The cardinal sign is absent ankle reflexes (table 3). Without this, it is difficult to make a diagnosis of DSDP. Loss of knee reflexes occurs in about two thirds of cases, but loss of any upper limb reflexes occurs in only a quarter of patients with DSDP. Muscle weakness is usually mild and confined to the feet, mainly in the distribution of the common peroneal nerve and more obviously affecting extensor hallucis longus and extensor digitorum brevis compared with dorsiflexion and eversion. Proximal leg weakness can be seen, but this, together with the presence of significant upper limb weakness, should make one suspicious of an alternative diagnosis and only after appropriate investigations are negative can a diagnosis of DSDP be made in these cases.
Sensory disturbance is very common. Vibration sense at the toes is most frequently affected. Pin prick, temperature, and light touch sensations are lost in a sock or stocking distribution, and if there is upper limb sensory loss in a glove distribution, the level of impairment in the legs has to have reached mid thigh. If not, look for another explanation for the upper limb sensory loss. Testing of deep pain sensation can be done by applying pressure over the nail of the big toe with the handle of the patella hammer. Any sensory loss puts the diabetic foot at risk of ulceration. Based on the relative loss of sensory modalities, one can arbitrarily divide the neuropathy into “large fibre type” (predominant loss of vibration, light touch, and joint position senses) and “small fibre type” (predominant loss of pain and temperature), but these subgroups are uncommon and represent both ends of the continuum of DSDP.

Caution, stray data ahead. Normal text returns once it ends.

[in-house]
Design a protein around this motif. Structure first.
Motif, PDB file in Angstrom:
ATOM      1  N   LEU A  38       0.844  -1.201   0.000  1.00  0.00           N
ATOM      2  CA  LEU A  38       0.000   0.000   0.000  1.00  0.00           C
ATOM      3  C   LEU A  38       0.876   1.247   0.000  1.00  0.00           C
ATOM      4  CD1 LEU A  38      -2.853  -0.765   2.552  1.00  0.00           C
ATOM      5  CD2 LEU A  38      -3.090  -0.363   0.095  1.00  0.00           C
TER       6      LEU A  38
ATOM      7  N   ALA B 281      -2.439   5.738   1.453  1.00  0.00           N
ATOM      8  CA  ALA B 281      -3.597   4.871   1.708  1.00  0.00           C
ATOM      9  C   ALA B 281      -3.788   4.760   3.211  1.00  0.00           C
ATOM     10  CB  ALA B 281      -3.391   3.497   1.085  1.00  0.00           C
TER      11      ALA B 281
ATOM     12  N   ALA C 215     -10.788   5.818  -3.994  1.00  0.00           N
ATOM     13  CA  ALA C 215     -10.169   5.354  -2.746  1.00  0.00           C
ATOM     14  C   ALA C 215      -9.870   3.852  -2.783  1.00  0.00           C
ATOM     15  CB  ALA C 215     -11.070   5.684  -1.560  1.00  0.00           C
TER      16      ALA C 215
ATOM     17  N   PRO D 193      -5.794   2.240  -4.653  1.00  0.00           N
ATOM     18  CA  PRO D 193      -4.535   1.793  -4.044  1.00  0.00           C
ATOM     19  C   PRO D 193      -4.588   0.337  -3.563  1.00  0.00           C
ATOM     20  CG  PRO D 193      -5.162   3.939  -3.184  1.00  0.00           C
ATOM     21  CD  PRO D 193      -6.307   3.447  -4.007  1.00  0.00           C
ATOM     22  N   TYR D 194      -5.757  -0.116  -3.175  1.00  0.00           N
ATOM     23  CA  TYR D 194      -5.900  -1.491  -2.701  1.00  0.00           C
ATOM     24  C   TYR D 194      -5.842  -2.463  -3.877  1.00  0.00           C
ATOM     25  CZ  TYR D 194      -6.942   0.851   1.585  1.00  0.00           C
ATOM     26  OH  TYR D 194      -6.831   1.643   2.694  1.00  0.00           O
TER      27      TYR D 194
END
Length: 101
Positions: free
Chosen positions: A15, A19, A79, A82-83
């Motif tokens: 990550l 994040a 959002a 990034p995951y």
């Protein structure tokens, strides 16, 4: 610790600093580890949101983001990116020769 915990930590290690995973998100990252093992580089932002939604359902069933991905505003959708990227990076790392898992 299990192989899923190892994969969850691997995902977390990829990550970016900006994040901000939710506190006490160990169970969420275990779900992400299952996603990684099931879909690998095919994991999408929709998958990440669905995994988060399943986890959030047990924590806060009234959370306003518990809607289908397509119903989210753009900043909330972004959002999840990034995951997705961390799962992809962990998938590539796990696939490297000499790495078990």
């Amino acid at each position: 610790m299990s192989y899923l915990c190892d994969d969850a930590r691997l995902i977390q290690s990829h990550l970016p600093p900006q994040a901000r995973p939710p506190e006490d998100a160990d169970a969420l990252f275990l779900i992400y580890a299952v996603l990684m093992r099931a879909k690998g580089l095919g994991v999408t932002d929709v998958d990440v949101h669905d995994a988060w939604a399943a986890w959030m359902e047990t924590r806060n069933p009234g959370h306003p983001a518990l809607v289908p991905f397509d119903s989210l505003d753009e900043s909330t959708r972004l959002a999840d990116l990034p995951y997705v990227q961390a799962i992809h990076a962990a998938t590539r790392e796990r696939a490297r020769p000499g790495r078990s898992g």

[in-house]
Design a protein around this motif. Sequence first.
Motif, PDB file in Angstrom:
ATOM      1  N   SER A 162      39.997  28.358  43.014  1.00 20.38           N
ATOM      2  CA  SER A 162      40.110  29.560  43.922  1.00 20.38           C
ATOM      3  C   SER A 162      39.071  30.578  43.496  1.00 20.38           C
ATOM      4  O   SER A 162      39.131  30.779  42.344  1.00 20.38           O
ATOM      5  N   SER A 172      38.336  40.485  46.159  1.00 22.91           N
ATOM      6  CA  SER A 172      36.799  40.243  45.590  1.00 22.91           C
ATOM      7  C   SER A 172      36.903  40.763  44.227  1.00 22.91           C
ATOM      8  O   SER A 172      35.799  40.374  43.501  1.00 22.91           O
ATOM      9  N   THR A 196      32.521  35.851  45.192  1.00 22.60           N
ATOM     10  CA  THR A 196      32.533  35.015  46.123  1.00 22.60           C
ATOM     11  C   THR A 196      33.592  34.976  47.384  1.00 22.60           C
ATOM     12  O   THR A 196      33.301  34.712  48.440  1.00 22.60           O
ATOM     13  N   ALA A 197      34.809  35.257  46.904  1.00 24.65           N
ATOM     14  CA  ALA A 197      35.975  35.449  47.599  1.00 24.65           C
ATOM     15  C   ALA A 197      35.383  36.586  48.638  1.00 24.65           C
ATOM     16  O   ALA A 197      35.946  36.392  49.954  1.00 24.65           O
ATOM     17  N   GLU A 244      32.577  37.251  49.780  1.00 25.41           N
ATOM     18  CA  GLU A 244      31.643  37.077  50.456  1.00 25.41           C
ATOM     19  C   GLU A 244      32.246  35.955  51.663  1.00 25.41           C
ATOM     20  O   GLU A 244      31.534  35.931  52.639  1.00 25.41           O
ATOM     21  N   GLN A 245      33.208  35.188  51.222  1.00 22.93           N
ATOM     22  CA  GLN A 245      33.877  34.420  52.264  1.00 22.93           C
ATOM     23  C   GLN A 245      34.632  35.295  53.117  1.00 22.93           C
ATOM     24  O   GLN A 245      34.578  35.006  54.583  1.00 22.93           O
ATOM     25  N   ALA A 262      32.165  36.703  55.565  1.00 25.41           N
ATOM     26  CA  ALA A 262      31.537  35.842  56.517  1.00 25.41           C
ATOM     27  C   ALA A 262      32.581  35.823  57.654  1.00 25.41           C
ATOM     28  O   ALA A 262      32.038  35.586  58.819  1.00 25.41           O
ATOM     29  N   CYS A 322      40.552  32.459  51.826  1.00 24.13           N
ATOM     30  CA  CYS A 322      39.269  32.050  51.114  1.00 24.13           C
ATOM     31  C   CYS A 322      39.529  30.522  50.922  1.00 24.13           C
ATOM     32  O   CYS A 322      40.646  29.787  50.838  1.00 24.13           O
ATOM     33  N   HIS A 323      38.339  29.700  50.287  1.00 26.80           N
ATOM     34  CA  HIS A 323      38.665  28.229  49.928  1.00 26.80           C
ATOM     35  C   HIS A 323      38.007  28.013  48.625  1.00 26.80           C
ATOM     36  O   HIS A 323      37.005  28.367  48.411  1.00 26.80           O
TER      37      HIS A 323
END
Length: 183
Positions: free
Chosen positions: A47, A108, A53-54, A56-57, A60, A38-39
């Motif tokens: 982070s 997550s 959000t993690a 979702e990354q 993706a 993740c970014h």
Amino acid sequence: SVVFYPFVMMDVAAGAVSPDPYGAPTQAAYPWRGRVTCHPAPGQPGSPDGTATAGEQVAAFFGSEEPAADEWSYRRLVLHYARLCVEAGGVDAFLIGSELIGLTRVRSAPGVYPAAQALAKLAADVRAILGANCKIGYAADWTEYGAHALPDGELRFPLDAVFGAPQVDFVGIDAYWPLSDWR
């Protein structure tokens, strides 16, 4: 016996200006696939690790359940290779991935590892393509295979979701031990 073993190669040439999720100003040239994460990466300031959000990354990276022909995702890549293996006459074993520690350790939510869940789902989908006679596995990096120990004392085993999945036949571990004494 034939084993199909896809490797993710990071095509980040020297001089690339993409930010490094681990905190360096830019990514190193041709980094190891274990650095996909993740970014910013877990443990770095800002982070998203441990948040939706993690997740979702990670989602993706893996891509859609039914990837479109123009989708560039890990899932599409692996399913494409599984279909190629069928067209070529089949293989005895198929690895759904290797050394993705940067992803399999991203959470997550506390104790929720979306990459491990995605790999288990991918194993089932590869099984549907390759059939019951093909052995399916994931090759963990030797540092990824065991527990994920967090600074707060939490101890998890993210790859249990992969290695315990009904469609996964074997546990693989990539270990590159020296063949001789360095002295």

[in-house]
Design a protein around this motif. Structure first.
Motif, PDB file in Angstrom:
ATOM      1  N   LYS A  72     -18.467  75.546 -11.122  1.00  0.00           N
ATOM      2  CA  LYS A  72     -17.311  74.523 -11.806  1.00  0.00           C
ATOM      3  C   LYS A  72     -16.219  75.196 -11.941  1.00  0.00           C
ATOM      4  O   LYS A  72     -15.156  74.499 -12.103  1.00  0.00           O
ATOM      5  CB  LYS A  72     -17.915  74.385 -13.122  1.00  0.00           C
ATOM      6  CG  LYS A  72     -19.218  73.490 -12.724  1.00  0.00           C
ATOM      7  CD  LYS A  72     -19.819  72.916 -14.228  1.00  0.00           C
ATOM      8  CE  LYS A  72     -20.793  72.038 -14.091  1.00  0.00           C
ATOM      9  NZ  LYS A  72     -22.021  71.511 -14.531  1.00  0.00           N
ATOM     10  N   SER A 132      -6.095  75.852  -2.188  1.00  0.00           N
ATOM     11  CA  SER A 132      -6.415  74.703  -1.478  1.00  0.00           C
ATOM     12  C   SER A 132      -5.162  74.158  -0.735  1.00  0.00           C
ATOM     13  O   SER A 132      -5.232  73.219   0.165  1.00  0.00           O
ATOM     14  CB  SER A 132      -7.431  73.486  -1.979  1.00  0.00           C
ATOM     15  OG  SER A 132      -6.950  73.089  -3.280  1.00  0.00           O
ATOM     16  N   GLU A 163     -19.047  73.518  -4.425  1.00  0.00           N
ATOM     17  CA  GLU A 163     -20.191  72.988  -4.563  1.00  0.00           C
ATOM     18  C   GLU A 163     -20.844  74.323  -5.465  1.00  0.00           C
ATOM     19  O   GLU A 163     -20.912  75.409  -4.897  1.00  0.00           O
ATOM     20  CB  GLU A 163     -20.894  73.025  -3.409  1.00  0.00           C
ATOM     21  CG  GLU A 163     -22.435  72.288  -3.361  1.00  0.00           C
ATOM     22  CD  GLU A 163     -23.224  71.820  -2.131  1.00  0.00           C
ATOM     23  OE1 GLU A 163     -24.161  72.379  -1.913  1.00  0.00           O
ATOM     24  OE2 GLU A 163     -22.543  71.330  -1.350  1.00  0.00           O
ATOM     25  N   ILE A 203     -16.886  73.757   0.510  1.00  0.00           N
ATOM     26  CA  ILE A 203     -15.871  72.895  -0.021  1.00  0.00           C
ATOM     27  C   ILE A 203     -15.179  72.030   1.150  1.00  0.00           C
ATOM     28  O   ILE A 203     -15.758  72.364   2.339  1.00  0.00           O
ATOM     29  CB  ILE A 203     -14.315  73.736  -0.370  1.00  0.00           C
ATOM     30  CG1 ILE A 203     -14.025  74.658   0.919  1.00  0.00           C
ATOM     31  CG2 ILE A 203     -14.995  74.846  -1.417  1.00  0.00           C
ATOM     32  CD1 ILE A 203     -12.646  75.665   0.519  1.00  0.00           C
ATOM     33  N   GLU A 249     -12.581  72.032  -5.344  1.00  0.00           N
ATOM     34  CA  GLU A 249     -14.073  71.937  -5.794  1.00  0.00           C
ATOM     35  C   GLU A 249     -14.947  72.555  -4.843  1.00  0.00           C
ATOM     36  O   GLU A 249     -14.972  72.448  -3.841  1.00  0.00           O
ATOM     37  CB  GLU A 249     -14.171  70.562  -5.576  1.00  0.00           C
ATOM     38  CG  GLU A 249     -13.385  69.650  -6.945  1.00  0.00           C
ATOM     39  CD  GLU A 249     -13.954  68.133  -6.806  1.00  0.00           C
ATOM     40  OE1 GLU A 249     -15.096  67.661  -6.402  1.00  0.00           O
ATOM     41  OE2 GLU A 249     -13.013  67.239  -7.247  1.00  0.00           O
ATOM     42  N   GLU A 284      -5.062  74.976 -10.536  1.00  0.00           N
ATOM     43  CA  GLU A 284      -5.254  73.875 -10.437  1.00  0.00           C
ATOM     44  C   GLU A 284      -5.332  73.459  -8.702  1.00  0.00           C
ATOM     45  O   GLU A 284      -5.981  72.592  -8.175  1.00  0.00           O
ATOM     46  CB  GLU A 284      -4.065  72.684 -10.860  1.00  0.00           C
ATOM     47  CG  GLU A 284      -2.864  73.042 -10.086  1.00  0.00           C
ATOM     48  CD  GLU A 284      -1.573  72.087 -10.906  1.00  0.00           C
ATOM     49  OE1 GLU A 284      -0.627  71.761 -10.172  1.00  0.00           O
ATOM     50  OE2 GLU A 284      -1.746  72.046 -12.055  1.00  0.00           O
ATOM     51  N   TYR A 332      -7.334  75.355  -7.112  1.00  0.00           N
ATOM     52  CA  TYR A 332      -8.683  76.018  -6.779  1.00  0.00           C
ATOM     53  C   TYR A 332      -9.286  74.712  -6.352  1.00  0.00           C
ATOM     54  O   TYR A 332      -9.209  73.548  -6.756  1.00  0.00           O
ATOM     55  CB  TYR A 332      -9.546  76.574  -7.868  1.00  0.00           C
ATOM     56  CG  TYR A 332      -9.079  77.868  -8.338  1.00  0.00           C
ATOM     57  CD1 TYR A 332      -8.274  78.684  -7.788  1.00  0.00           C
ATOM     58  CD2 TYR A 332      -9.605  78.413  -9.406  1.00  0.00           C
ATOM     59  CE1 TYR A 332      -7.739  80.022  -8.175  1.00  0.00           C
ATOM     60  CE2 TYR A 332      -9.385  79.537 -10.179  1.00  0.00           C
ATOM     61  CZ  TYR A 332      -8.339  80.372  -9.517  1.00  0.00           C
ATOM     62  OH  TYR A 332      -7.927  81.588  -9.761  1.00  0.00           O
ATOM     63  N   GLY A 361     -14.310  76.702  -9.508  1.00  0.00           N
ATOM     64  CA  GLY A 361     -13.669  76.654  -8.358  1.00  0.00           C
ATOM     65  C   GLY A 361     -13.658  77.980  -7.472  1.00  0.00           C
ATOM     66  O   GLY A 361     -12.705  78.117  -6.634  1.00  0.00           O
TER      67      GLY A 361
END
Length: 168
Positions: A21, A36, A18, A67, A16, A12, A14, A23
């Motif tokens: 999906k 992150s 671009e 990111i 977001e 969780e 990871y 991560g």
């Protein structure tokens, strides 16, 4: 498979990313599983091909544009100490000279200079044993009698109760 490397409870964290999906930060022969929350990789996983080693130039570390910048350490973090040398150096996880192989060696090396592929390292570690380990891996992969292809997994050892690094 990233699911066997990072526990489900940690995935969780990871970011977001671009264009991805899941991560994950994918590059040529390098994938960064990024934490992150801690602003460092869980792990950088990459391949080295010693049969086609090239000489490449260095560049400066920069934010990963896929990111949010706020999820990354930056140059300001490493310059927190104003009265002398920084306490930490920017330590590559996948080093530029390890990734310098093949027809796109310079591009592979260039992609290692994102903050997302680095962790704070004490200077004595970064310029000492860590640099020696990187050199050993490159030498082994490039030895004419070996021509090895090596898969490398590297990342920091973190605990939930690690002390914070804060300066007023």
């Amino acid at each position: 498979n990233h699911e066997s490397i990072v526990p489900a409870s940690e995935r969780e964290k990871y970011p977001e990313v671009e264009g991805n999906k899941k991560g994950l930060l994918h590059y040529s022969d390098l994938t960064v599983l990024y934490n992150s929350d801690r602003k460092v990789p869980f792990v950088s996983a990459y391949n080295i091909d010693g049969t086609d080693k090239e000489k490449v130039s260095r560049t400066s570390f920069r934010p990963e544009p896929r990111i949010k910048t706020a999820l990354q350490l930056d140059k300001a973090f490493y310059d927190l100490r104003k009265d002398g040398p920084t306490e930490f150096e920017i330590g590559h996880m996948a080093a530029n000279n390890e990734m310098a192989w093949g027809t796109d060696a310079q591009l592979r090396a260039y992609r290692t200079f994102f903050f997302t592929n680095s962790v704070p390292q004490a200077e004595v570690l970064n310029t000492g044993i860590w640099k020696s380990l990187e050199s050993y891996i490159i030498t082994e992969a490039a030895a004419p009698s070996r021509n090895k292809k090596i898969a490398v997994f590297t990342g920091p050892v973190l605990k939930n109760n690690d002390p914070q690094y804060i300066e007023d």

In more severe cases, sensory loss can extend to involve the trunk, affecting initially the anterior chest/abdominal wall in a “breastplate” distribution, and may extend laterally around the trunk.
Clinically significant symptomatic autonomic neuropathy is relatively uncommon, but specific autonomic function tests are said to show an abnormality in 97% of patients with DSDP. If there is a prominent autonomic neuropathy but only a very mild DSDP or no distal polyneuropathy in a patient with diabetes, think of another cause for autonomic disturbance.
What should be considered in a differential diagnosis?
Although diabetes is a common condition, there is the possibility that there may be another cause for the distal neuropathy. Good history taking (alcohol, family history of neuropathy, drug history, etc) and a few basic blood tests (table 4) should be enough to secure the diagnosis of DSDP.
What atypical features might suggest an alternative or additional neuropathy?
Severe autonomic neuropathy with mild DSDP: One has to consider amyloid neuropathy which can produce a small fibre neuropathy with spontaneous pains, but where autonomic features are prominent. The clinical features of familial and non-familial amyloidosis will be very similar
Rapidly progressive motor component: When there is prominent weakness, the possibility of a superimposed chronic inflammatory demyelinating polyneuropathy (CIDP) has to be considered. There is some evidence that CIDP may be more common in patients with diabetes than in the general population. Nerve conduction studies may be helpful. CSF protein will be elevated in both CIDP and DSPD, but the presence of oligoclonal bands would point to CIDP.
Painful DSDP variants